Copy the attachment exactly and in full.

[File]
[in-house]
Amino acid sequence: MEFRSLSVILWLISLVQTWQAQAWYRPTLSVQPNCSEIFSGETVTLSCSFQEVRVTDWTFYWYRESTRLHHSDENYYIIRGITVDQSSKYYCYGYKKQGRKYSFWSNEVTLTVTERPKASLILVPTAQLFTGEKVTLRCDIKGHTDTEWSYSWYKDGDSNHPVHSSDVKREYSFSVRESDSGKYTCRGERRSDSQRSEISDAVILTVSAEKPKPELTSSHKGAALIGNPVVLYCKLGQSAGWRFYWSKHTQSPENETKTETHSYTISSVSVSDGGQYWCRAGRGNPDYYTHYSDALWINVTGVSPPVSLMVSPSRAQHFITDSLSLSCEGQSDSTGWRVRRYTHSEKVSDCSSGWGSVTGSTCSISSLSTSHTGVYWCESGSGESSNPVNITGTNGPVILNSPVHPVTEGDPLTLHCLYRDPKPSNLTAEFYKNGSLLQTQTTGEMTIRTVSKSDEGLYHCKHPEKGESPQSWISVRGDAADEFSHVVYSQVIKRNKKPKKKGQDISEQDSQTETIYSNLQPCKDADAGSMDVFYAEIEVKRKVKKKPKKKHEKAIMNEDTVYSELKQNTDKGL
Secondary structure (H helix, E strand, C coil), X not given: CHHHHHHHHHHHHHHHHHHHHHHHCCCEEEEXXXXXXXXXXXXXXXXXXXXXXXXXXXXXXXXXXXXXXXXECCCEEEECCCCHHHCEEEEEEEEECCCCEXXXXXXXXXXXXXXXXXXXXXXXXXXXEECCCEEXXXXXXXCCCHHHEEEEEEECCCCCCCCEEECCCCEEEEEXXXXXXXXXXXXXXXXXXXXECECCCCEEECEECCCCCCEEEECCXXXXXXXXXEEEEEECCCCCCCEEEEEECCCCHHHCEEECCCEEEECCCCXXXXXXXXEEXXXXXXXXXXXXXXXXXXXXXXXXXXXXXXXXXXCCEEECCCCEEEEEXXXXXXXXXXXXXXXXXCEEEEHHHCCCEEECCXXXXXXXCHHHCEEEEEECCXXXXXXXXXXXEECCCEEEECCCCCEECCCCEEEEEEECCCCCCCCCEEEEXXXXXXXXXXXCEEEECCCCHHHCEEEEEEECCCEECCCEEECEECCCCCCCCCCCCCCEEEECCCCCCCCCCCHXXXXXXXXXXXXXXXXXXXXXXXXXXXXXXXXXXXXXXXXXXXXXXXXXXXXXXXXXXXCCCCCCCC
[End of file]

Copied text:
[in-house]
Amino acid sequence: MEFRSLSVILWLISLVQTWQAQAWYRPTLSVQPNCSEIFSGETVTLSCSFQEVRVTDWTFYWYRESTRLHHSDENYYIIRGITVDQSSKYYCYGYKKQGRKYSFWSNEVTLTVTERPKASLILVPTAQLFTGEKVTLRCDIKGHTDTEWSYSWYKDGDSNHPVHSSDVKREYSFSVRESDSGKYTCRGERRSDSQRSEISDAVILTVSAEKPKPELTSSHKGAALIGNPVVLYCKLGQSAGWRFYWSKHTQSPENETKTETHSYTISSVSVSDGGQYWCRAGRGNPDYYTHYSDALWINVTGVSPPVSLMVSPSRAQHFITDSLSLSCEGQSDSTGWRVRRYTHSEKVSDCSSGWGSVTGSTCSISSLSTSHTGVYWCESGSGESSNPVNITGTNGPVILNSPVHPVTEGDPLTLHCLYRDPKPSNLTAEFYKNGSLLQTQTTGEMTIRTVSKSDEGLYHCKHPEKGESPQSWISVRGDAADEFSHVVYSQVIKRNKKPKKKGQDISEQDSQTETIYSNLQPCKDADAGSMDVFYAEIEVKRKVKKKPKKKHEKAIMNEDTVYSELKQNTDKGL
Secondary structure (H helix, E strand, C coil), X not given: CHHHHHHHHHHHHHHHHHHHHHHHCCCEEEEXXXXXXXXXXXXXXXXXXXXXXXXXXXXXXXXXXXXXXXXECCCEEEECCCCHHHCEEEEEEEEECCCCEXXXXXXXXXXXXXXXXXXXXXXXXXXXEECCCEEXXXXXXXCCCHHHEEEEEEECCCCCCCCEEECCCCEEEEEXXXXXXXXXXXXXXXXXXXXECECCCCEEECEECCCCCCEEEECCXXXXXXXXXEEEEEECCCCCCCEEEEEECCCCHHHCEEECCCEEEECCCCXXXXXXXXEEXXXXXXXXXXXXXXXXXXXXXXXXXXXXXXXXXXCCEEECCCCEEEEEXXXXXXXXXXXXXXXXXCEEEEHHHCCCEEECCXXXXXXXCHHHCEEEEEECCXXXXXXXXXXXEECCCEEEECCCCCEECCCCEEEEEEECCCCCCCCCEEEEXXXXXXXXXXXCEEEECCCCHHHCEEEEEEECCCEECCCEEECEECCCCCCCCCCCCCCEEEECCCCCCCCCCCHXXXXXXXXXXXXXXXXXXXXXXXXXXXXXXXXXXXXXXXXXXXXXXXXXXXXXXXXXXXCCCCCCCC